This week’s text revealed that offenders spending more than six years in a supermax prison, will suffer from mental illness. Long term solitary confinement promotes anger, confusion, and depression within inmates (Schmalleger & Smykia, 2015). Nevertheless, there are no studies that support the claim of confinement causing mental illness. If a person causes harm to any innocent victim for any reason and is convicted of the heinous crime(s) he or she should be sentenced
Under article 8 of the Bill of Human Rights it states, “Excessive bail shall not be required, nor excessive fines imposed, nor cruel and unusual punishments inflicted (The Eighth Amendment).” Placing a mentally ill inmate inside four walls away from any social interaction and medical attention is in fact cruel. As said by a federal judge, putting a mentally ill person in segregation is the “equivalent of putting an asthmatic in a place with little air to breathe (Wallace 11).” A mentally ill person needs help, not a poor environment in which they won’t get any better. Not only does solitary confinement mess with the mind, but it inflicts inmates to self-harm in any way possible. According to Bassett, 50% of suicides occur inside solitary confinmenet (419). Not to mention, inmates are sometimes physically abused by the guards in power. Through the Solitary Nation documentary, it is seen that guards sometimes have to use bigger forces like a toxic gas to get an inmate out of their cell. While it makes sense that guards have to do it for their own protection, there needs to be thought about why inmates do the things they do. When inmates suffer from their mental illnesses, they begin to lose their sense of reality as well as sense of right and wrong. It is not valid to say that these mentally ill people act out because they want to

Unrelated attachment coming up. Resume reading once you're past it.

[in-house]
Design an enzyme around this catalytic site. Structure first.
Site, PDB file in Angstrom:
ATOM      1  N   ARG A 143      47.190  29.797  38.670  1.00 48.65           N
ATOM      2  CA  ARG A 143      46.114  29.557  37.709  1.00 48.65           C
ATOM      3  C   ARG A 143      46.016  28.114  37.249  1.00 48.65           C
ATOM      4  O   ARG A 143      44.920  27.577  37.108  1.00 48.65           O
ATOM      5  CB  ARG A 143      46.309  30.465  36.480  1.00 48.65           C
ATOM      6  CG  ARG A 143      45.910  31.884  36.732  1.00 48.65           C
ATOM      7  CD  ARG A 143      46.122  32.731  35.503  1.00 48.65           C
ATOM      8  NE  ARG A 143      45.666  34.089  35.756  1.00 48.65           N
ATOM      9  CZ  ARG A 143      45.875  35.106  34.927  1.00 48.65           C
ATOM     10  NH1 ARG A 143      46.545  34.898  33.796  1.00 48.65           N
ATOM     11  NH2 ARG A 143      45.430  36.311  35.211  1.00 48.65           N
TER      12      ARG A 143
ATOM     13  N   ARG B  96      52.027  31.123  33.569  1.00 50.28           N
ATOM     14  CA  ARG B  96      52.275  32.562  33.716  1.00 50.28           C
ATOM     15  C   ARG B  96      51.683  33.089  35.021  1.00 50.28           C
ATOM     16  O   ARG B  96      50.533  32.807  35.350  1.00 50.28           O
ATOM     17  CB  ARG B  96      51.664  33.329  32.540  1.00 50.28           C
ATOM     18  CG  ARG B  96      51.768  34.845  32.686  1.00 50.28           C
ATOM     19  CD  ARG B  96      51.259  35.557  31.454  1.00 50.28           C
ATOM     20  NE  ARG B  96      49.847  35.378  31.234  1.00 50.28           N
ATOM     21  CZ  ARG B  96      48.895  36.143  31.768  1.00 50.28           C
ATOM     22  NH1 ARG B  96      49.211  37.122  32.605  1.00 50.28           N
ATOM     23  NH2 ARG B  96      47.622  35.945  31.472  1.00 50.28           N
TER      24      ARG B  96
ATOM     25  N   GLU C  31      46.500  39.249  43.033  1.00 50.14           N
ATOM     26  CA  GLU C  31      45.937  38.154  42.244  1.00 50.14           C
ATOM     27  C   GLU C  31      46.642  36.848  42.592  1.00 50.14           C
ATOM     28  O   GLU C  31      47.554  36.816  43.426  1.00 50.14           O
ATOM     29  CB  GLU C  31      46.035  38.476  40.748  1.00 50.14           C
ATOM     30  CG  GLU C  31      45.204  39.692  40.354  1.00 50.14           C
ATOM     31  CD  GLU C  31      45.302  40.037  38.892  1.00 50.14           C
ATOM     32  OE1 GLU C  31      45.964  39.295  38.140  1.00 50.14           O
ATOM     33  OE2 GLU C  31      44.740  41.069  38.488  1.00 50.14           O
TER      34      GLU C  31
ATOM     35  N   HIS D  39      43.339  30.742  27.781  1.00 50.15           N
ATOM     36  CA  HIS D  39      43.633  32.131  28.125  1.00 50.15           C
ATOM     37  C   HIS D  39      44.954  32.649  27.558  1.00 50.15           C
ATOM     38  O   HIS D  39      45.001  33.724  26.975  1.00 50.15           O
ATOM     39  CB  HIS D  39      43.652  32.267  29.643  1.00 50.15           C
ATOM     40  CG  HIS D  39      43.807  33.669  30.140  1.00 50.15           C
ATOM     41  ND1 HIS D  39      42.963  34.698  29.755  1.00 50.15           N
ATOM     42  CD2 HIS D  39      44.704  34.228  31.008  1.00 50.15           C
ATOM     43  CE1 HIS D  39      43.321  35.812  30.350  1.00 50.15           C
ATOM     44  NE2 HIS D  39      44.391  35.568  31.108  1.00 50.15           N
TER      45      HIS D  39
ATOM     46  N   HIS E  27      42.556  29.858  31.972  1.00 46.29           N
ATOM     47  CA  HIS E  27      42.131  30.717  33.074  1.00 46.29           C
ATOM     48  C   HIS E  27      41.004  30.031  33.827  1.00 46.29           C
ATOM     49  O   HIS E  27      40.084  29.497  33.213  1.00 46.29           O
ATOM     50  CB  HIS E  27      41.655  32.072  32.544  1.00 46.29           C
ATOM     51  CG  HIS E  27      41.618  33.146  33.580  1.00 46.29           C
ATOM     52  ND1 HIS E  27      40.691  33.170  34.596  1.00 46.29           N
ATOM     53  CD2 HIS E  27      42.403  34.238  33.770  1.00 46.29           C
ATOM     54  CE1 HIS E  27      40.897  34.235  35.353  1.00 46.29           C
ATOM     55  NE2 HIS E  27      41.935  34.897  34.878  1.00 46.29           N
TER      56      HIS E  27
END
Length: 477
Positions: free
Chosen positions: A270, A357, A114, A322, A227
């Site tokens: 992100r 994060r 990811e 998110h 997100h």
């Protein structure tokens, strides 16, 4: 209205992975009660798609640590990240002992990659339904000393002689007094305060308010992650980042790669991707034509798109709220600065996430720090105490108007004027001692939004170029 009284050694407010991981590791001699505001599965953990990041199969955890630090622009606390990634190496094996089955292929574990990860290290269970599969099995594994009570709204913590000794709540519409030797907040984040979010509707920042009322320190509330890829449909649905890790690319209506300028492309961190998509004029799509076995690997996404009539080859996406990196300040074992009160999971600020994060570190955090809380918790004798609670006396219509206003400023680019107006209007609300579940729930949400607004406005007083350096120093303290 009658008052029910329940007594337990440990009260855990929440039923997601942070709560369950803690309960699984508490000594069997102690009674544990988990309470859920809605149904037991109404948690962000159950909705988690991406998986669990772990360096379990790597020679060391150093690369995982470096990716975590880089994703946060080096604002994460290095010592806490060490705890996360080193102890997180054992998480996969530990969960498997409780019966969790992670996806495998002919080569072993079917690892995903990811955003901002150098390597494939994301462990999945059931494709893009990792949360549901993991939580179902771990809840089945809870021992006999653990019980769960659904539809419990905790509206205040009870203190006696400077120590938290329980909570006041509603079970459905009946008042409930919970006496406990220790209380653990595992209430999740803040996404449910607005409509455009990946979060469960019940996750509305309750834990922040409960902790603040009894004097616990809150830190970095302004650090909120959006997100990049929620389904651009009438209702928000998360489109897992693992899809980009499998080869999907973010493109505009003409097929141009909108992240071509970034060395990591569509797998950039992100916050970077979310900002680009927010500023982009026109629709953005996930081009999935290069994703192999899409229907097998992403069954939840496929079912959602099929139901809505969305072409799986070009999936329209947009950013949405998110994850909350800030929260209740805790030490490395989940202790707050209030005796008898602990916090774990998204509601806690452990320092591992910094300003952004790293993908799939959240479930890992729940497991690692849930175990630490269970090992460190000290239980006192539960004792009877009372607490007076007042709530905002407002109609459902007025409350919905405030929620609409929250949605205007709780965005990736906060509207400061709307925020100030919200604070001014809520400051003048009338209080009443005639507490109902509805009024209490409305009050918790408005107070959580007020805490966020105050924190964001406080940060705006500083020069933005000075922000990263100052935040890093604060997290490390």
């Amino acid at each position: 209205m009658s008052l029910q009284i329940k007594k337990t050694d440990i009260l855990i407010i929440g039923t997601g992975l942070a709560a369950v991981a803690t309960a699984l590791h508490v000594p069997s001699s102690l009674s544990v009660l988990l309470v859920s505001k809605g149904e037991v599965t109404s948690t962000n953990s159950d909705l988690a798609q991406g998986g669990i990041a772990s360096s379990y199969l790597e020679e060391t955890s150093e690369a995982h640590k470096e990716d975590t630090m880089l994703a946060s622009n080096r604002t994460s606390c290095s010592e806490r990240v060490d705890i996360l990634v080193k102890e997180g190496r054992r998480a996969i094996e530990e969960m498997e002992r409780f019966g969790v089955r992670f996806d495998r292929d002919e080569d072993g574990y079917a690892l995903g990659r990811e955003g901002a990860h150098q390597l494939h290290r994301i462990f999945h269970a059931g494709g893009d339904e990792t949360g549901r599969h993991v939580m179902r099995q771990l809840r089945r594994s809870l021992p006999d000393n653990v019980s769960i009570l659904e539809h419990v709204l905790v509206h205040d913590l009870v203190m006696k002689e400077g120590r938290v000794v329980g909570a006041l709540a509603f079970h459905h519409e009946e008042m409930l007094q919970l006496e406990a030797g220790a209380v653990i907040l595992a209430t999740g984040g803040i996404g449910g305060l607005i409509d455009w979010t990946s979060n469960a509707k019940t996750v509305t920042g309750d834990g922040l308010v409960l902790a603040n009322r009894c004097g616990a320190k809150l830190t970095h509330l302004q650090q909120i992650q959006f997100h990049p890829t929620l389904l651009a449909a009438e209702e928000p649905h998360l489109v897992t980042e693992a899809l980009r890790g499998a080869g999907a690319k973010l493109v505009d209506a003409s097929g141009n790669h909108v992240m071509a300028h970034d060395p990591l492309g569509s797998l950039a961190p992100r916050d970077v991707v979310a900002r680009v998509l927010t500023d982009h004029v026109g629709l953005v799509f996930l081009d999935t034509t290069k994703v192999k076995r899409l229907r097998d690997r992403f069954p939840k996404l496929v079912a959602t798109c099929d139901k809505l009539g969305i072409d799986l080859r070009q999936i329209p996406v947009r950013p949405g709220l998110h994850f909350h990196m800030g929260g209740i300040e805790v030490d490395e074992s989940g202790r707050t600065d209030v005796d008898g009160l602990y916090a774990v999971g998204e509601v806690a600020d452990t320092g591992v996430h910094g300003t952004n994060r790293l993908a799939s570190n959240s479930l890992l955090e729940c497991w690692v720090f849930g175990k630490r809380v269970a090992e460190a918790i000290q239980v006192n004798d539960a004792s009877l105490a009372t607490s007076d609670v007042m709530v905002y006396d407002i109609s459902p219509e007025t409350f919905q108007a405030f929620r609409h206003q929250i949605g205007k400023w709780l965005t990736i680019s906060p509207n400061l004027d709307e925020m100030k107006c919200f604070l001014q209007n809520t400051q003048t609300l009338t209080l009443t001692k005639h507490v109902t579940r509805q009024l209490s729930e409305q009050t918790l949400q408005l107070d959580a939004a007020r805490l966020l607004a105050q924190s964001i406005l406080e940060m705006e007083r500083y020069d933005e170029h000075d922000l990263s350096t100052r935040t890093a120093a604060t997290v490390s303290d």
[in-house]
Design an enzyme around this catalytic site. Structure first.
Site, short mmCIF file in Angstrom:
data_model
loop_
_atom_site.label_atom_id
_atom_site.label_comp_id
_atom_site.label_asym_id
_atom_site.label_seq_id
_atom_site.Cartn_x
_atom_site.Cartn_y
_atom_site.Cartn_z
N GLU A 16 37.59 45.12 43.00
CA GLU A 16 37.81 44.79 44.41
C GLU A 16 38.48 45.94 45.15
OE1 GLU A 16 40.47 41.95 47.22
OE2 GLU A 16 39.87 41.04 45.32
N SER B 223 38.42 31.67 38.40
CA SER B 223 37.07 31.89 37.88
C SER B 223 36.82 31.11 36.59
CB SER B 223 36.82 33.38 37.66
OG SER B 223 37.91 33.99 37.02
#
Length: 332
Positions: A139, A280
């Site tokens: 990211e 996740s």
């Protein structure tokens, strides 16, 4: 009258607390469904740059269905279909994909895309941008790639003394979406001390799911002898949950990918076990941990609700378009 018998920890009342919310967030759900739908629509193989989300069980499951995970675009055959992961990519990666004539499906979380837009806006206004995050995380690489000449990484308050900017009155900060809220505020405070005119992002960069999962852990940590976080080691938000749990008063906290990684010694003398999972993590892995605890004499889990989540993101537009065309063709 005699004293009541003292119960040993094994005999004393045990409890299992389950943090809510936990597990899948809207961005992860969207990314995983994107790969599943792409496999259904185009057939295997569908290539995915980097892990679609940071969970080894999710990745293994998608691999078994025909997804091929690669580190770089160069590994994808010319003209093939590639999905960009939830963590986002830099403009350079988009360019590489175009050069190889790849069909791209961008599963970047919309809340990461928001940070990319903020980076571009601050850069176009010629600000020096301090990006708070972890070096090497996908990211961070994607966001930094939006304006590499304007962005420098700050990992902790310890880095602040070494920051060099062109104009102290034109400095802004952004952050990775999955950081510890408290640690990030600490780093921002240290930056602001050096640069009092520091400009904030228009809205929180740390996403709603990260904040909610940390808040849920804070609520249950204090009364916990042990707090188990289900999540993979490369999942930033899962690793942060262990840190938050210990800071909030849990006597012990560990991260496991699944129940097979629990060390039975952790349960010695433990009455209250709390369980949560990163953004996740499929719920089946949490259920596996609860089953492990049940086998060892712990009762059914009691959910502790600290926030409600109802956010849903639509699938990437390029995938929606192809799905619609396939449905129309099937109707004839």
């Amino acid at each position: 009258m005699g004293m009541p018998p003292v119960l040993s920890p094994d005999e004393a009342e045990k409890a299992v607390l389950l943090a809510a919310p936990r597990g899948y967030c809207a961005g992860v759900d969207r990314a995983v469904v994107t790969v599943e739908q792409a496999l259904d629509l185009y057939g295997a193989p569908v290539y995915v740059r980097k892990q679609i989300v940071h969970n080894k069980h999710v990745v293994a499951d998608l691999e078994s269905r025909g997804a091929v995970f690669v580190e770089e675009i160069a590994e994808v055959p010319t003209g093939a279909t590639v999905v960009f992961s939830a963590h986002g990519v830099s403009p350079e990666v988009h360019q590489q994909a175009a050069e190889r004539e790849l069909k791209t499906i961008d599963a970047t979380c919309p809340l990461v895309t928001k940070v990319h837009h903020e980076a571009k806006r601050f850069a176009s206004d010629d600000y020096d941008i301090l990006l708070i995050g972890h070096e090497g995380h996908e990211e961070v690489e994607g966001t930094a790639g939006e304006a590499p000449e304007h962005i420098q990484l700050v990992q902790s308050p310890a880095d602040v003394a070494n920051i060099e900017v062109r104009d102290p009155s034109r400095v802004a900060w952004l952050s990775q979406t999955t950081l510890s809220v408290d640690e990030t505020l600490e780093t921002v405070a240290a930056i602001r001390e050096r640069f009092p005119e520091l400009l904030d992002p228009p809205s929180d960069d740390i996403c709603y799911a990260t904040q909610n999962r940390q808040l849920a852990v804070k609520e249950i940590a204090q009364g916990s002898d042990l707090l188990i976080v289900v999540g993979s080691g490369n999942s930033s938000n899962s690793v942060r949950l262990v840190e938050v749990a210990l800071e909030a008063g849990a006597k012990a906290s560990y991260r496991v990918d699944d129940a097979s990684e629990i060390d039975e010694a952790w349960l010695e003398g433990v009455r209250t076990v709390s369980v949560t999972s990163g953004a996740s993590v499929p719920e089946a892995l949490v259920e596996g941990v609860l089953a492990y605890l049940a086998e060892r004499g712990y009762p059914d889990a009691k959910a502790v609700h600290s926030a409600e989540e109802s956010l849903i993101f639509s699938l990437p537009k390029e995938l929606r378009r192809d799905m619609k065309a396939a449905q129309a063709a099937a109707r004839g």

Researchers and activists alike are concerned about the rate at which individuals with mental illness are incarcerated in the United States. Many consider that the increase in incarceration is a direct result of deinstitutionalization. In this essay, I will discuss how the solutions to the prevention of the incarceration of the mentally ill but ultimately lead to the common goal of improving the care of the mentally ill. This will be done by comparing and contrasting the key points of Knoll, Etter et al and Kincaid. The points discussed will be their views on the cause of mass incarceration, the way in which they approach solutions to the problem and the suggested role of law enforcement officers in this solution.
There are times that “treatment” of mentally ill inmates crosses the line to abuse. Kevin Demott a 19-year-old prisoner in Michigan has had a long troubled history of bi-polar disorder. He first entered the correctional system at the age of 13, when he was caught trying to rob a pizza restaurant with a toy gun. By the time he was 15, he was placed in an adult prison for breaking several rules including assaulting a guard. In January of 2011, Kevin while in solitary confinement, was found banging his head against the wall until he was severely bleeding. The “treatment” for his safety was to shackle him to his bed and place a helmet on his head. It was later discovered that Kevin was receiving no medication for his mental illness. This once again